The world’s most private and enigmatic star has chosen Grazia for her most revealing interview ever. She tells Louise Gannon about her marriage, her children and her darkest moments.
Madonna is laughing. Really laughing. Life, it seems, has never been better.
I’m completely and absolutely happy like never before, she say, “I never thought I’d be like this.” It seems that becoming a wife and mother has been the ultimate reinvention for the ever-changing icon. Talking exclusively to Grazia on Wednesday, in her only UK interview to launch her latest children’s book, Madonna is relaxed, open and eager to discuss absolutely anything from her daughter’s rage in clothes to her newfound passion for spiritual enlightenment, and the loneliness that tormented her at the height of her fame.
Our first topic is her marriage. Contrary to rumours circulating round the showbusiness world, her marriage to director Guy Ritchie, whom she wed in 2000, is not in trouble – although she does confess it’s not always easy. “We have had struggles,” Madonna admits with an honesty rarely displayed by a star of her magnitude. “We’ve both done a lot of pushing. But it is an ongoing straggle if you have two people who are used to having their own way, who want to do exactly what they want when they want, which is definitely a description of me and my husband. But I think if you are a strong person, you need to be with a strong person. There is a lot of fire in the relationship, but that’s the way we both like it. It’s what we both need.’
The rumours were sparked by reports that the pressure of trying for a brother or sister for Lourdes, seven (Madonna’s daughter by her ex, Carlos Leon), and Roccom three, has put a strain on the marriage. Madonna reveals she and Guy do want another child – but only if it happens naturally. She’s not so desperate that she’s haunting every baby doctor in the world in an attempt to conceive at the age of 46. ‘Look,’ she says in her throaty transatlantic voice, ‘everybody else has made a big deal about me wanting more children. And yes, it would be nice. But my attitude and my husband’s attitude is that if we have more then we do, and if we don’t, we don’t. We have two amazing children. I couldn’t feel more lucky or more blessed than I already do.’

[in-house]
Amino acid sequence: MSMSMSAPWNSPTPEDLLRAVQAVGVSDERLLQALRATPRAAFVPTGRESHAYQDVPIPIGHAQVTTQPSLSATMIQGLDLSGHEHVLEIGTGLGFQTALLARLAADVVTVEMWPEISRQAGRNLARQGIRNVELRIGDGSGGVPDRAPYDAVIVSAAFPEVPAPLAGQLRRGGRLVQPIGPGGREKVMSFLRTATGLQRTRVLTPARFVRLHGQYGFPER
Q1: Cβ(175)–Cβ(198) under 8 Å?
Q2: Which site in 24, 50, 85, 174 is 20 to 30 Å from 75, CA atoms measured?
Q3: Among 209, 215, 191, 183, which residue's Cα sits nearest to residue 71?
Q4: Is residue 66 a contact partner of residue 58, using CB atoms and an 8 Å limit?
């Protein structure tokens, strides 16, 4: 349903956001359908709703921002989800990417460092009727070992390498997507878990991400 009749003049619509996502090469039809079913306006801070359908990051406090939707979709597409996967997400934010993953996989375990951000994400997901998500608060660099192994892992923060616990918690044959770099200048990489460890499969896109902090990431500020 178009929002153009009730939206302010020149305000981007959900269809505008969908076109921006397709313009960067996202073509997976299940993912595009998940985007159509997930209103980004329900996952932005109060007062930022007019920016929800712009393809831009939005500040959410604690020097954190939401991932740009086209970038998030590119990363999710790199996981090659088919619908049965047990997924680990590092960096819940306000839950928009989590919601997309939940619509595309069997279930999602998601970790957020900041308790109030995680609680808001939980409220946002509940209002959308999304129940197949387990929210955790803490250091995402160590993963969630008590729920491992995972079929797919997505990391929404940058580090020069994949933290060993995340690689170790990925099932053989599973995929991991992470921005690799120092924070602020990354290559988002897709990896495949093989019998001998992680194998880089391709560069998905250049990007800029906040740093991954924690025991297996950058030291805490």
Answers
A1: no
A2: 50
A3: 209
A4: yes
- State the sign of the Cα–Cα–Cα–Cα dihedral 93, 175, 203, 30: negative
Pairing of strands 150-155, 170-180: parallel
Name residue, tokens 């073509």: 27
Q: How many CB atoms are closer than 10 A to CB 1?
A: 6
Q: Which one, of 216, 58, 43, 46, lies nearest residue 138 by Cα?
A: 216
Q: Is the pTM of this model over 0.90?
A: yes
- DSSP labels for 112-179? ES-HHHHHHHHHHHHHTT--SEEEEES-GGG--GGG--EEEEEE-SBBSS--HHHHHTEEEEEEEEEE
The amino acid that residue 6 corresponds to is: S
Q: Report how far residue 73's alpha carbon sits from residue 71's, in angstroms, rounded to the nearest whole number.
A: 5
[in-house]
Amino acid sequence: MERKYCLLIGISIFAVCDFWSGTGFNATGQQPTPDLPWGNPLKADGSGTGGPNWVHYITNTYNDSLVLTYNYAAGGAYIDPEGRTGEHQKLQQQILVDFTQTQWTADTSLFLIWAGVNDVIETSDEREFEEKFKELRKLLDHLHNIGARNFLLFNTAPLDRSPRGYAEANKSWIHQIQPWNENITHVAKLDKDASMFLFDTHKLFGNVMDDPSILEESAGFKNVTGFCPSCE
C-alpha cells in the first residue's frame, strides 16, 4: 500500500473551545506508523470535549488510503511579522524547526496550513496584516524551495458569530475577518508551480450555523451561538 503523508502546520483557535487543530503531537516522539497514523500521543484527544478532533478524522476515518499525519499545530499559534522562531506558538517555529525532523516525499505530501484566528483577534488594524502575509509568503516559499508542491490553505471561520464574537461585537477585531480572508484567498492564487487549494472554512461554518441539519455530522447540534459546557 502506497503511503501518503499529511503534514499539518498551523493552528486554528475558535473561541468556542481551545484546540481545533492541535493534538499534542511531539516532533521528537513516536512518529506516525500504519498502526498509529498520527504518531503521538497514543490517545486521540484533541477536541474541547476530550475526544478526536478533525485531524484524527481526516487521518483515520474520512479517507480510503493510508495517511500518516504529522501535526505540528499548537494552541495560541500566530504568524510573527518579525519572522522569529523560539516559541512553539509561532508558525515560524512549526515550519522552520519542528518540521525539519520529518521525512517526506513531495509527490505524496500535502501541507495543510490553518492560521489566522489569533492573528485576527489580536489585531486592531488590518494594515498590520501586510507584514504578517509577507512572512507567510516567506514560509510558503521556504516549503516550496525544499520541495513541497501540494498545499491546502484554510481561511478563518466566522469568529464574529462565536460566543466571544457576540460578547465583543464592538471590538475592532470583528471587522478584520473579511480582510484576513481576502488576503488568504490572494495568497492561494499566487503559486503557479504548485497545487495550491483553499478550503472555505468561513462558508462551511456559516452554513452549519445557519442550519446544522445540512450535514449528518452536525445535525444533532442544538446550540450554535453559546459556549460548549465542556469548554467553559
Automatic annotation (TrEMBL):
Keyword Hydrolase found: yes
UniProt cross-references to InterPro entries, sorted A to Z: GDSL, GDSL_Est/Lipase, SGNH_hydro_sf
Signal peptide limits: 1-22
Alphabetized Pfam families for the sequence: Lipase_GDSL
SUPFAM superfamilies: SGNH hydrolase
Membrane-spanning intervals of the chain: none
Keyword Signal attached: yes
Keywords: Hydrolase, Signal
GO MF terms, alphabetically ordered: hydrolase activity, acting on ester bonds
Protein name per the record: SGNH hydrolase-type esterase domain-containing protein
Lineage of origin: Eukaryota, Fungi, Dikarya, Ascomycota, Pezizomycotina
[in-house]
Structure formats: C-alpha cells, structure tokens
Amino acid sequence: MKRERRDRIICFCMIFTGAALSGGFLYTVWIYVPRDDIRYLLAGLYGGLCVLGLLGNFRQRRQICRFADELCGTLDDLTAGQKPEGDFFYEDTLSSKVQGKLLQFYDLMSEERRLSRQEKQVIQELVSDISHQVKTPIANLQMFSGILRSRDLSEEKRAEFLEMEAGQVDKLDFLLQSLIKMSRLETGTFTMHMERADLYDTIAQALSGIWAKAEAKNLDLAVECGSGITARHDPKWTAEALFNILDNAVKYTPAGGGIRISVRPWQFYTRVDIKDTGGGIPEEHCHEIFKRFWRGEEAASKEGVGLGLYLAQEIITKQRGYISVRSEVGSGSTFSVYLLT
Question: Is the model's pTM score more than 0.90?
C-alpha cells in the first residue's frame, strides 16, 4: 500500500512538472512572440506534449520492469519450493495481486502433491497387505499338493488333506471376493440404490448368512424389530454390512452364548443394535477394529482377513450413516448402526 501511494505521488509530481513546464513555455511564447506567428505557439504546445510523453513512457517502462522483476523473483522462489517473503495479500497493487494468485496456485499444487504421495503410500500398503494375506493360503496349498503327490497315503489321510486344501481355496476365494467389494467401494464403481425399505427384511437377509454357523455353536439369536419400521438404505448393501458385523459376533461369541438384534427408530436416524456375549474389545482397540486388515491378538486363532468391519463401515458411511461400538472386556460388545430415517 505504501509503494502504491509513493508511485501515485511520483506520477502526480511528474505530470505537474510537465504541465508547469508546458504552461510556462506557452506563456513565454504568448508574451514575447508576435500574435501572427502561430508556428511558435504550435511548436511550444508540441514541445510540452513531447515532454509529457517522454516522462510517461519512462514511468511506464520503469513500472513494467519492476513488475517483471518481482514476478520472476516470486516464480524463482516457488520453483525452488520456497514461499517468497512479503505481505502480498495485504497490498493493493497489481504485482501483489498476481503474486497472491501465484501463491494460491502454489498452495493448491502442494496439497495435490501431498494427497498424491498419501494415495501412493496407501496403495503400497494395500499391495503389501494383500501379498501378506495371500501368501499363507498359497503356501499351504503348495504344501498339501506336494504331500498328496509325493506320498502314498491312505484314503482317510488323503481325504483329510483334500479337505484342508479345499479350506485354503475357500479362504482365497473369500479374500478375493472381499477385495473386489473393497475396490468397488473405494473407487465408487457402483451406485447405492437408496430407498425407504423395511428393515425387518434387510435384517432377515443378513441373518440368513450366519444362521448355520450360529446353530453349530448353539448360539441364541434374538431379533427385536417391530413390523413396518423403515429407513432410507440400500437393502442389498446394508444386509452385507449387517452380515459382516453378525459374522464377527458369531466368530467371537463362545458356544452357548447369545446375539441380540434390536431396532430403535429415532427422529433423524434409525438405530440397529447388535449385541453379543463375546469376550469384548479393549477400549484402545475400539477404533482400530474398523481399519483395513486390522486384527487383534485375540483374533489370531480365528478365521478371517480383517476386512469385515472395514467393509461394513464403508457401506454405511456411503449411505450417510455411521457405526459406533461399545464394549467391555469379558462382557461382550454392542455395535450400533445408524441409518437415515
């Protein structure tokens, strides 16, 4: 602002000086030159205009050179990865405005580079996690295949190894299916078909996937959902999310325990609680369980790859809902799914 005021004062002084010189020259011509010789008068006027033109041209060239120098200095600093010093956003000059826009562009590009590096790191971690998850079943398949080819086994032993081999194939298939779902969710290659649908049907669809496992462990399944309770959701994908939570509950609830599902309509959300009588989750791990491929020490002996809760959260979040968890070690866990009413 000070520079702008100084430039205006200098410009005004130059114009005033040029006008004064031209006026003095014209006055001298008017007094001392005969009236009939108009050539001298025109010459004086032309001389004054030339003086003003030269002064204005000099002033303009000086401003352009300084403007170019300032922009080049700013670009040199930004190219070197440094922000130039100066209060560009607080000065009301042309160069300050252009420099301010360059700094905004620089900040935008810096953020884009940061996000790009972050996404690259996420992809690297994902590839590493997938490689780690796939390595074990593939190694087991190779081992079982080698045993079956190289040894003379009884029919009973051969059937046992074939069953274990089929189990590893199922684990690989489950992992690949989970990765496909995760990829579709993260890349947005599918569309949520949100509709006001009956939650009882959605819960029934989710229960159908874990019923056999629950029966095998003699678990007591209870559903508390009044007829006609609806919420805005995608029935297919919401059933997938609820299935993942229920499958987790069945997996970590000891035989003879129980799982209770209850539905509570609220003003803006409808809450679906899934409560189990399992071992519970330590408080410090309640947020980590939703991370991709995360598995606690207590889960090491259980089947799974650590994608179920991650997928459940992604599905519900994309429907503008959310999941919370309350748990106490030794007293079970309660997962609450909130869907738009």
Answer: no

Madonna is used to being misunderstood. The greatest female star in the world since the 1980s, every triumph and every mistake has been a metter or public record. We’ve lived through her incredible 20-year career, her famous lovers, her stormy marriage and devastating divorce from Sean Penn, seen her blonde (and brunette) ambition and witnessed every step of her insatiable quest for fame, money and sex. The very last thing we expected (and she candidly admits that was her sentiment too) was for this wanton, driven, career-obsessed woman to end up in her forties happily married with kids and giving away millions of her own hard-earned money to support a spiritual belief system called Kabbalah. It was her study of the ancient Jewish religion that inspired her to write a series of children’s book based on its reachings and moral beliefs. The latest tome is the beautifully illustrated Lotsa De Casha, the tale of a man who just learns that money just doesn’t bring happiness. The rich, successful merchand De Casha comes to learn that only by sharing his fortune with others, and putting other people before himself, will he find true contentment. It’s an ironic choice for the world’s most famous Material Girl, whose attitude to men and money defined a whole generation of hard-nosed 1980s women. But, she admits, there is a lot of her in her new book. In many ways it is a parable of her life.
‘Oh. I’ve certainly changed,’ she says with a wry smile, ‘I never thought this would happen to me. And believe me, the change is really quite recent. I think it really started when I became a mother and that is the first time you really have to learn about putting someone else first. It has taken me a long time to realise money doesn’t bring happiness. I spent 15 years of my life put thinking about myself, thinking about everything from the point of view of: “What is in it for me?”‘